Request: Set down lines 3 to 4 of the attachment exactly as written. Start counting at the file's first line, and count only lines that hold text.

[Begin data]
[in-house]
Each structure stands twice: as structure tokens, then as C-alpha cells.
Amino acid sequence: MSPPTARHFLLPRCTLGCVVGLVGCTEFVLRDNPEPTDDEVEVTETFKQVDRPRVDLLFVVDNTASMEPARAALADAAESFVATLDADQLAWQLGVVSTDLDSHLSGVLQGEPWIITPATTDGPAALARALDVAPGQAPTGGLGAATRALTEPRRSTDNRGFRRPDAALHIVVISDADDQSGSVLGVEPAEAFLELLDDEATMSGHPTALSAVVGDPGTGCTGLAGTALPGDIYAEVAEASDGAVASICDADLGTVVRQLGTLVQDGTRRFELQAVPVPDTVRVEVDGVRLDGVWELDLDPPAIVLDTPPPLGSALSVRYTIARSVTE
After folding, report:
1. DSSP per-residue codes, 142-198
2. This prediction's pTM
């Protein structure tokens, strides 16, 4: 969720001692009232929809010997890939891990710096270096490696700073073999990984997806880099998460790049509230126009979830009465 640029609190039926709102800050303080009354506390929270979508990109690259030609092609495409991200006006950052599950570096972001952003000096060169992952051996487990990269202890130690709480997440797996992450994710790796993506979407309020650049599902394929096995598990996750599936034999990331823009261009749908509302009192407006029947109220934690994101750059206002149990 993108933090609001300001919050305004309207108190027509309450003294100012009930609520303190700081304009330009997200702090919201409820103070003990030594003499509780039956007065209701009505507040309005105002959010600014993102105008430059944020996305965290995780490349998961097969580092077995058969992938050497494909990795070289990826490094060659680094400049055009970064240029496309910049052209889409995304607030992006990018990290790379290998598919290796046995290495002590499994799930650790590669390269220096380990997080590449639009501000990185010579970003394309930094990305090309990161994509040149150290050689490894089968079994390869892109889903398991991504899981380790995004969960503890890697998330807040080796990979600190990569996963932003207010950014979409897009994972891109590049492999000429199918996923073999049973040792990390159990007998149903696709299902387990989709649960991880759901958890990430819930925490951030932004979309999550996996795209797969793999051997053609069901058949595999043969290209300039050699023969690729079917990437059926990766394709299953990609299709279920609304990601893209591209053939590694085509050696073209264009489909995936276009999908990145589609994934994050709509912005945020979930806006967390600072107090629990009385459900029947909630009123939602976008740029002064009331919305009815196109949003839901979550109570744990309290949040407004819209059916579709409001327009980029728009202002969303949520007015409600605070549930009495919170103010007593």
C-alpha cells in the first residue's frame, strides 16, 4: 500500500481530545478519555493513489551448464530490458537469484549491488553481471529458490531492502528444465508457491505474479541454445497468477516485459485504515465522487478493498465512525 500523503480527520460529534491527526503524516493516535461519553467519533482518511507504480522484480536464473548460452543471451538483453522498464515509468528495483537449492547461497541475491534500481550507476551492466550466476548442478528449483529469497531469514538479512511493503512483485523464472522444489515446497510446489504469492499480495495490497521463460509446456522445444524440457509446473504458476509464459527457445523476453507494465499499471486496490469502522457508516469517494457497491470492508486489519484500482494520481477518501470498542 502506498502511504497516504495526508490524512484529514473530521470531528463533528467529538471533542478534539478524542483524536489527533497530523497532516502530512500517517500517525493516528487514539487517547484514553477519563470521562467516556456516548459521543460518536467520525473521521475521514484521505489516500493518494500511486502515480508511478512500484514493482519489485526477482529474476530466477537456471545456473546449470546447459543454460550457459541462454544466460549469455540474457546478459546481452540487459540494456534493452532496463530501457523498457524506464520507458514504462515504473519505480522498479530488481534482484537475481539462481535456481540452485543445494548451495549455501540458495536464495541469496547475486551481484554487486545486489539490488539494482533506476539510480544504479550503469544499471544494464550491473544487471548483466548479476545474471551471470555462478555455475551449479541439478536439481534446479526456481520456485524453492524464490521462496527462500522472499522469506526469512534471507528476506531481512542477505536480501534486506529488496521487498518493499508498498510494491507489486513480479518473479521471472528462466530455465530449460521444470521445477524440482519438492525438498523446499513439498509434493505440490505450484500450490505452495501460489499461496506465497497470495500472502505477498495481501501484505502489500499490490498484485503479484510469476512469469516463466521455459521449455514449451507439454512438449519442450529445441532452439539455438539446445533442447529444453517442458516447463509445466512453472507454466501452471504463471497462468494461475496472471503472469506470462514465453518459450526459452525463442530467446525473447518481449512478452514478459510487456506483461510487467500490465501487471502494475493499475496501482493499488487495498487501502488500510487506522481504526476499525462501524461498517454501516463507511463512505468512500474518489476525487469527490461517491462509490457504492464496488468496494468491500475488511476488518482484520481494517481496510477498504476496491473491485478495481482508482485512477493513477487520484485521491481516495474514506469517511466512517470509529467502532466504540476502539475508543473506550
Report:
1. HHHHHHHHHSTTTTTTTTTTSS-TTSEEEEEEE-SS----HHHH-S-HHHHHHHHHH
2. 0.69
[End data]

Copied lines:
Amino acid sequence: MSPPTARHFLLPRCTLGCVVGLVGCTEFVLRDNPEPTDDEVEVTETFKQVDRPRVDLLFVVDNTASMEPARAALADAAESFVATLDADQLAWQLGVVSTDLDSHLSGVLQGEPWIITPATTDGPAALARALDVAPGQAPTGGLGAATRALTEPRRSTDNRGFRRPDAALHIVVISDADDQSGSVLGVEPAEAFLELLDDEATMSGHPTALSAVVGDPGTGCTGLAGTALPGDIYAEVAEASDGAVASICDADLGTVVRQLGTLVQDGTRRFELQAVPVPDTVRVEVDGVRLDGVWELDLDPPAIVLDTPPPLGSALSVRYTIARSVTE
After folding, report: